Guitar World interview with Steer/Hickey

from Guitar World, August, 1994

"Death Lives", p. 54

Guitar World: How do you define death metal? Can you explain what makes it different from other extreme forms of metal such as thrash and speed?
Bill Steer: As a player who's supposedly involved in death metal, I'm probably one of the worst people to comment on it. We don't even use that terminology. We accept that nine out of 10 people see us as a death metal band because you have to call music something, and we sound closer to death metal than any other genre--mainly because of the way Jeff [Walker] sings. As far as we're concerned, though, that whole scene is more or less dead now. We feel that it peaked in the late Eighties. So it's a bit weird to be approaching the mid-Nineties and find that the major press has just caught up on it.

GW: What bands played a major role in the creation of death metal?
Steer: It really does depend on what period you're talking about. The groups that really kindled the flames were people like Death or Possessed--the kind of bands that took their cue from the first couple of Slayer records but were initially just releasing demo tapes. Although Slayer was never a death band, they had a lot to do with starting it up. It's been said a million times but Reign in Blood is a very strong record, and there are still a lot of groups that strive to match just 10 percent of that aggression. I must stress that when the scene first started it was made up of people who were just music enthusiasts. There was none of this crap about how crazy you are or what you believed in and so on--it was purely musical. All the other rubbish associated with the genre came about much later.

GW: A great many death metal bands, including Obituary, tune their guitars down to D [D, G, C, F, A, D, low to high]. In fact, some, like Carcass, even go lower. Is detuning essential to play this style of music?
Mike Hickey: Carcass tunes down to B. By that I mean we take a normally tuned guitar and then drop each string down two-and-a-half steps, so they go: B, E, A, D, F#, B, low to high. To counteract the string slackness created by this tuning, we use pretty heavy gauges--.012 to .056, I can't remember the ones in the middle, but the G string's a plain .022. B isn't the most practical tuning in the world, but it's probably the heaviest, and we're stuck with it whether we like it or not!
Steer: It's like playing something that's almost halfway between a guitar and bass, actually. We've tuned this low ever since the band started, because it's so crushing--there's nothing else quite like it. Having said that, it has a lot of shortcomings in terms of tone because it's a very unrealistic tuning; we've really had to struggle to make it work. Since we've been doing it so long we can just about pull it off, but to be brutally honest, I think D, or, at a push C# [C#, F#, B, E, G#, C#, low to high], are the best tunings.

GW: What gear and settings do you guys use to get your tone?
Steer: Just for simplicity, I only use one amp live--a Peavy 5150 with a Marshall Guv'nor pedal in front of it to beef up the overdrive just that little bit extra. In the studio, though, it's a different matter; I use several different amps--a selection of Marshalls and the 5150.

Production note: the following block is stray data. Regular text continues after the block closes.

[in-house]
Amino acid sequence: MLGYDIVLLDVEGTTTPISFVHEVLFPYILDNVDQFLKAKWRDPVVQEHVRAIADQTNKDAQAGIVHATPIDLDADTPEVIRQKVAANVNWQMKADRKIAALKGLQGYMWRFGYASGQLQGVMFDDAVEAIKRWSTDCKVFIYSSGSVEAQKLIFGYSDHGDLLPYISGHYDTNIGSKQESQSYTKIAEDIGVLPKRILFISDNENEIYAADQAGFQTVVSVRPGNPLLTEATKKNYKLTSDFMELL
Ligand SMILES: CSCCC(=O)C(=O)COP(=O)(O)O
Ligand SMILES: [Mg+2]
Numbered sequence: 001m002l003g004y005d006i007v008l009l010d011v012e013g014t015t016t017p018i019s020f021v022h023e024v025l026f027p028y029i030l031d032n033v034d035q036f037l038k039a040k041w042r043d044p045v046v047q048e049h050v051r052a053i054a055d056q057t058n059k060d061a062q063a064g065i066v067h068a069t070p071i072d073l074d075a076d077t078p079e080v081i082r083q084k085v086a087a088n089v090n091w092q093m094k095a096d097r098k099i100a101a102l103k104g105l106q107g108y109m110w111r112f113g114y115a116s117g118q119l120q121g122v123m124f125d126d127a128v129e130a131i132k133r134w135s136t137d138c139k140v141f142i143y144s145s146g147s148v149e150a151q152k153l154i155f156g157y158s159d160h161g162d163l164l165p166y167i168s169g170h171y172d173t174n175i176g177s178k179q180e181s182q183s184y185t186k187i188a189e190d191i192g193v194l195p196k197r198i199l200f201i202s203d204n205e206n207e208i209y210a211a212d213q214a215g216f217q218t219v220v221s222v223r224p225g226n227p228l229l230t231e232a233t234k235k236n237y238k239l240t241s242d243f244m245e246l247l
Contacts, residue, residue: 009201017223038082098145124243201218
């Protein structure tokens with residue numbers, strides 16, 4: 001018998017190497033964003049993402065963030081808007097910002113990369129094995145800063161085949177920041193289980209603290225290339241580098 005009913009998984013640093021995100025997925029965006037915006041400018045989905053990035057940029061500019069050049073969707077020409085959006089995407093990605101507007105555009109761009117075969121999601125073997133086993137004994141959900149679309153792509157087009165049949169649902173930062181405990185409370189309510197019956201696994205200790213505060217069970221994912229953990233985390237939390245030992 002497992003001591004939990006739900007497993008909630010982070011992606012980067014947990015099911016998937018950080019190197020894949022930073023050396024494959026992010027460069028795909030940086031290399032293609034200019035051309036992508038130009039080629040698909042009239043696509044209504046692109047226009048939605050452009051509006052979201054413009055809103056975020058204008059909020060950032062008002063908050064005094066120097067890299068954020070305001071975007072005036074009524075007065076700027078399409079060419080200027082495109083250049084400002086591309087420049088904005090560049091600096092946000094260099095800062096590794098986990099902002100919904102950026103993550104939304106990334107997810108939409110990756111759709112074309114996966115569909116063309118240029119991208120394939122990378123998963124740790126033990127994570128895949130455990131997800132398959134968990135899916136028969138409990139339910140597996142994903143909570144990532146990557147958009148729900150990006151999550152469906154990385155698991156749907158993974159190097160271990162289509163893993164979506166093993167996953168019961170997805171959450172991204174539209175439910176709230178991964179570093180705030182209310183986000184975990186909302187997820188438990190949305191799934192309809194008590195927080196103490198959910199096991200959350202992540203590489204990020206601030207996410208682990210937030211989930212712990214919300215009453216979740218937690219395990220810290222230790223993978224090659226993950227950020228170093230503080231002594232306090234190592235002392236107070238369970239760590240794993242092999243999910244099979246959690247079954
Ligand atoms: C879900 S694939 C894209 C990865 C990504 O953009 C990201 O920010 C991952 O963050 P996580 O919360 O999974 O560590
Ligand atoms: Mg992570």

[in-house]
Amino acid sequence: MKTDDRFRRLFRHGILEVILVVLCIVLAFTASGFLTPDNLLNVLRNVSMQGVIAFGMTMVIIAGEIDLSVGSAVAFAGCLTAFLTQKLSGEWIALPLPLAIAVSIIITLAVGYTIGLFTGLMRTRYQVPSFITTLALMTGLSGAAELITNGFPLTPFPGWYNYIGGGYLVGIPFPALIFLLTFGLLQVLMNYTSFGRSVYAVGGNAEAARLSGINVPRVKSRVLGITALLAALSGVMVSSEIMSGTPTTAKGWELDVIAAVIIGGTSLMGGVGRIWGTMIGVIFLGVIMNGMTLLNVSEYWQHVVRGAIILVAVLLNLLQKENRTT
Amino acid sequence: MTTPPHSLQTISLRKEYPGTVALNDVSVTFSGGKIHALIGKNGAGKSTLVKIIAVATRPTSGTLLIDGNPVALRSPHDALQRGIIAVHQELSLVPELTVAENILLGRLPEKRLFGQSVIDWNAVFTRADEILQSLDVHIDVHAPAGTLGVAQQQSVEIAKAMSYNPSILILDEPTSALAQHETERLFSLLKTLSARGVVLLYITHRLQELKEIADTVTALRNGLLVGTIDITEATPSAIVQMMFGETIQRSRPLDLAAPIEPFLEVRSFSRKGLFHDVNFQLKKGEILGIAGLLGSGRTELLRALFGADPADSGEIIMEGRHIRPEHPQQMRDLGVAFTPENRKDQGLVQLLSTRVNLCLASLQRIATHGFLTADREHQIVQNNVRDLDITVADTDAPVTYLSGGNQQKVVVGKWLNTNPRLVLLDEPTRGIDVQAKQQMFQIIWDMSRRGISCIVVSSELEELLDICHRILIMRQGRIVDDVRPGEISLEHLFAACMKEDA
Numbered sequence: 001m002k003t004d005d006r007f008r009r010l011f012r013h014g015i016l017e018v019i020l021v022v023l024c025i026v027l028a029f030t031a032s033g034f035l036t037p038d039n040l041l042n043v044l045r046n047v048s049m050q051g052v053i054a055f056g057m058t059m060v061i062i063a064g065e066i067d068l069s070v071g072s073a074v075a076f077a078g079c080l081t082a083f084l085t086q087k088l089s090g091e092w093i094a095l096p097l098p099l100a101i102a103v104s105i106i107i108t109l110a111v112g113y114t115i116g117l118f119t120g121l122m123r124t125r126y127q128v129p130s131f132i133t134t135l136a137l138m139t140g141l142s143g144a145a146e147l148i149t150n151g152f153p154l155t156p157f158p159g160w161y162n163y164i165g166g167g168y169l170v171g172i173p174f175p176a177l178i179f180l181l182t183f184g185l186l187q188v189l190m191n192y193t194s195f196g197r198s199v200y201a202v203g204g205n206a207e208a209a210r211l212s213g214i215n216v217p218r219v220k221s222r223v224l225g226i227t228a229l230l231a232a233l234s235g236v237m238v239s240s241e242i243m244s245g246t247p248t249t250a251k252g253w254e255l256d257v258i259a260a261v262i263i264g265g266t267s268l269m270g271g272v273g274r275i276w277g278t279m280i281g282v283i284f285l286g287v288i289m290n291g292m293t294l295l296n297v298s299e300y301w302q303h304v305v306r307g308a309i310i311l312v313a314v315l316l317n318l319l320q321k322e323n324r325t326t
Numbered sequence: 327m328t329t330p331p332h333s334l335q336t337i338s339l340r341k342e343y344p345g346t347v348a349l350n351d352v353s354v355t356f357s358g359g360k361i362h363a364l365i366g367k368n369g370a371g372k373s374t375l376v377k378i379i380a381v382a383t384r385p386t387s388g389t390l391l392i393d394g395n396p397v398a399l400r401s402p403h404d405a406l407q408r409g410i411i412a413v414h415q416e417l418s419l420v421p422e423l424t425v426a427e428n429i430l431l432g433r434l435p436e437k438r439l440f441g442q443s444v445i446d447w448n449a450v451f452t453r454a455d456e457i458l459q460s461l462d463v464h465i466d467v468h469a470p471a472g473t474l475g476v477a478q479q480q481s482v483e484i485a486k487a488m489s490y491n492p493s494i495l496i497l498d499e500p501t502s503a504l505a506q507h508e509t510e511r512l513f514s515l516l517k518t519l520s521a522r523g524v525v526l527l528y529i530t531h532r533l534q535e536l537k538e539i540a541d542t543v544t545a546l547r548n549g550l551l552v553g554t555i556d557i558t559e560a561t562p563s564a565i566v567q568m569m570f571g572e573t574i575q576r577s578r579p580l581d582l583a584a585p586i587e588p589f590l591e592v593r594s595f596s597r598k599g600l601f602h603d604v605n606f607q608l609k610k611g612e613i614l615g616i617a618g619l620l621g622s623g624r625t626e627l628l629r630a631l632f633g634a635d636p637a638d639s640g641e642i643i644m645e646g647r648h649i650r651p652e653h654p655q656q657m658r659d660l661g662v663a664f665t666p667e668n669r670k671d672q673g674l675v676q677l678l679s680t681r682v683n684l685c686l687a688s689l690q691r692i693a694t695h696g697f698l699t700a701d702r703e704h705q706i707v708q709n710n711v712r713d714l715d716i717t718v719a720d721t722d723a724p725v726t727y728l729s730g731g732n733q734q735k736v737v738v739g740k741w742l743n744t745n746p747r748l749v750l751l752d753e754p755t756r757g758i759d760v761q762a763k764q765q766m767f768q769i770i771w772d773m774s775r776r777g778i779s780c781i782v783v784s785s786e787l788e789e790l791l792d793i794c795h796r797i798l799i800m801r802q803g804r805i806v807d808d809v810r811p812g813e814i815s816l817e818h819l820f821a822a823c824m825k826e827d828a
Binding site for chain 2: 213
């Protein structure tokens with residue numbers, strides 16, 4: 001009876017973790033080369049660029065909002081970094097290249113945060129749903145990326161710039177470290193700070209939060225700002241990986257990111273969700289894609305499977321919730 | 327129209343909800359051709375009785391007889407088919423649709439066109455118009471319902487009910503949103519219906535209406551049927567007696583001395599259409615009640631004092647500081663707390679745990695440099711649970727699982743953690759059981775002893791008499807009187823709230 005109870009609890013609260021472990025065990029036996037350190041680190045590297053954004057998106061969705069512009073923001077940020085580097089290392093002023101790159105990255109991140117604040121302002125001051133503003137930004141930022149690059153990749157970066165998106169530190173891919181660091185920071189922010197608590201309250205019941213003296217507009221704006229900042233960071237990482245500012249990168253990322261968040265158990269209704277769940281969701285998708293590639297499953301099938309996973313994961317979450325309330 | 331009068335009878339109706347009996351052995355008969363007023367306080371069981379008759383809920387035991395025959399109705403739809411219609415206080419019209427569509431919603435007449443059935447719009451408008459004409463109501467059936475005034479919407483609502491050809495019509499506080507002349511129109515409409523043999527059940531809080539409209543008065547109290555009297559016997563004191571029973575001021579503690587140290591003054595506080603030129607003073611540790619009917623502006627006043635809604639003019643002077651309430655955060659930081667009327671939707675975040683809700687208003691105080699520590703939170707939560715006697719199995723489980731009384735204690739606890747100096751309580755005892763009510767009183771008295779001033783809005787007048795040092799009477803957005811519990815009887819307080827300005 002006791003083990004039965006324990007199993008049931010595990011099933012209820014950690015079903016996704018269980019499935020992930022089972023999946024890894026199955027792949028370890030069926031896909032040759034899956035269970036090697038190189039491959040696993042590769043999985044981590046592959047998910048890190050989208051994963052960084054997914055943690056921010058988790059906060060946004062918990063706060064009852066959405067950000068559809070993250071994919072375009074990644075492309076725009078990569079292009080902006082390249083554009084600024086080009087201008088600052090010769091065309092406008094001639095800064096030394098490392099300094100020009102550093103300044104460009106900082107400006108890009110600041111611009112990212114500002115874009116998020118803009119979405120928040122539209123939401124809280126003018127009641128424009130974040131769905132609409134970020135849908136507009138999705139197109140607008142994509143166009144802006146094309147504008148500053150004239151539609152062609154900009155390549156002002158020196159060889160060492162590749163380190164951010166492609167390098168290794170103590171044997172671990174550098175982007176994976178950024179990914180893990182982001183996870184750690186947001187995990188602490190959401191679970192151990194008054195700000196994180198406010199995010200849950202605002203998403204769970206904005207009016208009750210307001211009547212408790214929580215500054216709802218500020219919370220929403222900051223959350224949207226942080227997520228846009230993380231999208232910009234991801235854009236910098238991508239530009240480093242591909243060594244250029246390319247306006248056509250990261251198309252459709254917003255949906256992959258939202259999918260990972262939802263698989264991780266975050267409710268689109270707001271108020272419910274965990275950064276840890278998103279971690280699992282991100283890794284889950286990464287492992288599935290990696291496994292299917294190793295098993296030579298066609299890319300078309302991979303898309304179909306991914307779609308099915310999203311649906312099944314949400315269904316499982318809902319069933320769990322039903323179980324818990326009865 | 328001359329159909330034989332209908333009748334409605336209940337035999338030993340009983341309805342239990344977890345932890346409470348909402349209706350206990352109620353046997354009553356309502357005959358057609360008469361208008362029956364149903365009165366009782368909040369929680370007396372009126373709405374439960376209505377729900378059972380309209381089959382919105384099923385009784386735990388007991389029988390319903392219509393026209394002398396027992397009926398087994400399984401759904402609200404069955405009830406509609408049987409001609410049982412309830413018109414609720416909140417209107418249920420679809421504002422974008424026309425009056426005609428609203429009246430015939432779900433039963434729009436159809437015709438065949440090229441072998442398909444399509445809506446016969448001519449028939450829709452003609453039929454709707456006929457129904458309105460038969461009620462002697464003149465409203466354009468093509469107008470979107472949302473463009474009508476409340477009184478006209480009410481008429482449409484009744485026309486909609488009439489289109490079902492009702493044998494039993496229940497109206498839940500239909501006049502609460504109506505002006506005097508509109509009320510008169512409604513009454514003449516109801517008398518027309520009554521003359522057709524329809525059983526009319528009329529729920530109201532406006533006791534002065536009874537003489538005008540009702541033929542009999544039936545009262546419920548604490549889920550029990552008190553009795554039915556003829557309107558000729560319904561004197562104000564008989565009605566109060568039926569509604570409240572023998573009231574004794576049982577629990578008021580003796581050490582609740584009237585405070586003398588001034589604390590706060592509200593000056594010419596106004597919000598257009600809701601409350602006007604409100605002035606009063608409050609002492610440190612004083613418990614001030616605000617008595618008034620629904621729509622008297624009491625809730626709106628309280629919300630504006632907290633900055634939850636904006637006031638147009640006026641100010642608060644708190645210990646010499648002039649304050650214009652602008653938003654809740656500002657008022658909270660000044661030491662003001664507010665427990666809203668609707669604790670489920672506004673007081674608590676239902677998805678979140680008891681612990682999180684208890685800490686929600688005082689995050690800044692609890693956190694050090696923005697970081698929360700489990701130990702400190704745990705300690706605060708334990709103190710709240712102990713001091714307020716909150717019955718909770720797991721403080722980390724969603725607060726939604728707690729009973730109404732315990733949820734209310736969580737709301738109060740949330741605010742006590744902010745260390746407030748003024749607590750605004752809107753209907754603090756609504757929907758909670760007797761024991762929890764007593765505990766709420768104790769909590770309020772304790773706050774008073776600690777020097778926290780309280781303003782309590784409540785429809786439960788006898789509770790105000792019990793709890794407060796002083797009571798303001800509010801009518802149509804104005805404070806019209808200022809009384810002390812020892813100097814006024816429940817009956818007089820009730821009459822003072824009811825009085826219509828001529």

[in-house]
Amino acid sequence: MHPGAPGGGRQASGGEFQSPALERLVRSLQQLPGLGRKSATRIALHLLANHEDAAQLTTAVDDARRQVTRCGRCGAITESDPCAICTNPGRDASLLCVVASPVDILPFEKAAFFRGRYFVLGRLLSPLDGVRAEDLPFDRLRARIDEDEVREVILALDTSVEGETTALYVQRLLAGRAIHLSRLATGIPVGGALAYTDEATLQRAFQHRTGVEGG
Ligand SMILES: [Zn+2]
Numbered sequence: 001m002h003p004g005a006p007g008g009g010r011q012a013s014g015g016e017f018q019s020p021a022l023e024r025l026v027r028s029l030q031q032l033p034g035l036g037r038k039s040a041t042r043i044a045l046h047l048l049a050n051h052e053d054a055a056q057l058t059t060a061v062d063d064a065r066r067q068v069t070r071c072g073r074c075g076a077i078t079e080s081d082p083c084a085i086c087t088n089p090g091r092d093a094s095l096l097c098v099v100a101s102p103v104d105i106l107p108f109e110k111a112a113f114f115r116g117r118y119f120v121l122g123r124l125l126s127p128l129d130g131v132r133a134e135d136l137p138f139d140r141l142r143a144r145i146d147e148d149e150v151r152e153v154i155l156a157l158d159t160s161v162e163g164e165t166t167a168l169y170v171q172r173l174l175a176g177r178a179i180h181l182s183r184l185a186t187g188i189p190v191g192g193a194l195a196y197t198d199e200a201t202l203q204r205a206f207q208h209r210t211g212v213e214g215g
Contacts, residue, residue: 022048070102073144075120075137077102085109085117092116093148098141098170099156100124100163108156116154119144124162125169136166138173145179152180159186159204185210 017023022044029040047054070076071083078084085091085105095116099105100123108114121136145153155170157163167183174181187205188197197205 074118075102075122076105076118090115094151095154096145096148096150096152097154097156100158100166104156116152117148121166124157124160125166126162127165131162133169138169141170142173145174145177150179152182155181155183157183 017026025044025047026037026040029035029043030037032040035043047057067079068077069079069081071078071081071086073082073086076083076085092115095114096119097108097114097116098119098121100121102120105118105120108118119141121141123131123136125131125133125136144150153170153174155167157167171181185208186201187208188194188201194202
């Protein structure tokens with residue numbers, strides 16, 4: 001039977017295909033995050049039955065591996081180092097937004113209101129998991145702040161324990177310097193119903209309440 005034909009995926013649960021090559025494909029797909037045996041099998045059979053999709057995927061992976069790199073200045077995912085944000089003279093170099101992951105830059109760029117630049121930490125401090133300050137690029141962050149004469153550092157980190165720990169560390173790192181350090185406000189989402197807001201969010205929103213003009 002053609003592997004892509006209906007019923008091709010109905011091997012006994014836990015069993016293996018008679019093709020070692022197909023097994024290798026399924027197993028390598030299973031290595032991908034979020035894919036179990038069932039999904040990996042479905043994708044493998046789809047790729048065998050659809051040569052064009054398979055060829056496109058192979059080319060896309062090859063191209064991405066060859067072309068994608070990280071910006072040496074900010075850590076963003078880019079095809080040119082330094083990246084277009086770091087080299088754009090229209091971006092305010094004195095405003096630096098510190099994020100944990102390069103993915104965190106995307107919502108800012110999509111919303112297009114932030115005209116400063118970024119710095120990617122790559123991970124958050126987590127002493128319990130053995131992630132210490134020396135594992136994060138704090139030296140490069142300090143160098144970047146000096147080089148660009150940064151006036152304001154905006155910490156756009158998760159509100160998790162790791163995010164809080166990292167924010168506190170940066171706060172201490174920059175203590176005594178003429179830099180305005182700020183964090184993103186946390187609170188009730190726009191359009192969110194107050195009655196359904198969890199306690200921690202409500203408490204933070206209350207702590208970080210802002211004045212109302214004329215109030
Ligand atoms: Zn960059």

Hickey: One of the amps Bill used on Heartwork was a Marshall 30th Anniversary head that's really fierce, and he also used a tiny Marshall stack on pretty much every track to add some extra high end.
[Note: Mike didn't join Carcass until after the Heartwork album was recorded.]
Steer: Yeah, if I remember correctly, almost all of the guitar tracks were done with at least two amps going at once--one of them being a large amp, like the Anniversary [on channel two], a Marshall SL-X 100 watt or the 5150, and then also more often than not, my 10-watt [Marshall] Valvestate micro-stack for extra texture.
Unlike a lot of other bands who do the kind of stuff that we do, we tend to use a lot of mids. I don't think some people realize how important middle is to a guitar sound.
Hickey: Absolutely, mids are essential in a solo--without 'em your tone is real thin. My current backline setup is a Marshall SL-X 100-watt head and a Peavey 5150. I suck the mids out of the Marshall but not out the Peavey. I started the Heartwork world tour using a Guv'nor pedal too, but I just got tired of stage divers stepping on my shit!

GW: Describe how you write your material.
Steer: Aggression is woven into what we do, whether we like it or not. It's just such an accepted part of our musical vocabulary that we don't even think about it. When we play together, we don't force ourselves to play something intense--that's just the way it is; we're not really capable of playing in any other style. We're not subtle players.
Carcass has developed by doing things unconsciously. We find ourselves shying away from certain things and leaning towards others, without really knowing why. So, the way we tend to write and phrase our riffs is just what we like to hear--we never think in terms of intervals, time signatures or tempos. That's how my guitar style has developed, too. I'm not a disciplined enough person to practice, so I just play and do the things I like hearing and feel most comfortable with. One of the most important things for people to learn is that some of the most respected guitarists out there are absolutely riddled with idiosyncrasies that, going by the rule book, are incorrect. And often it's the stuff that's missing that actually makes them great--they have a recognizable style that leaves a thumbprint on whatever they do.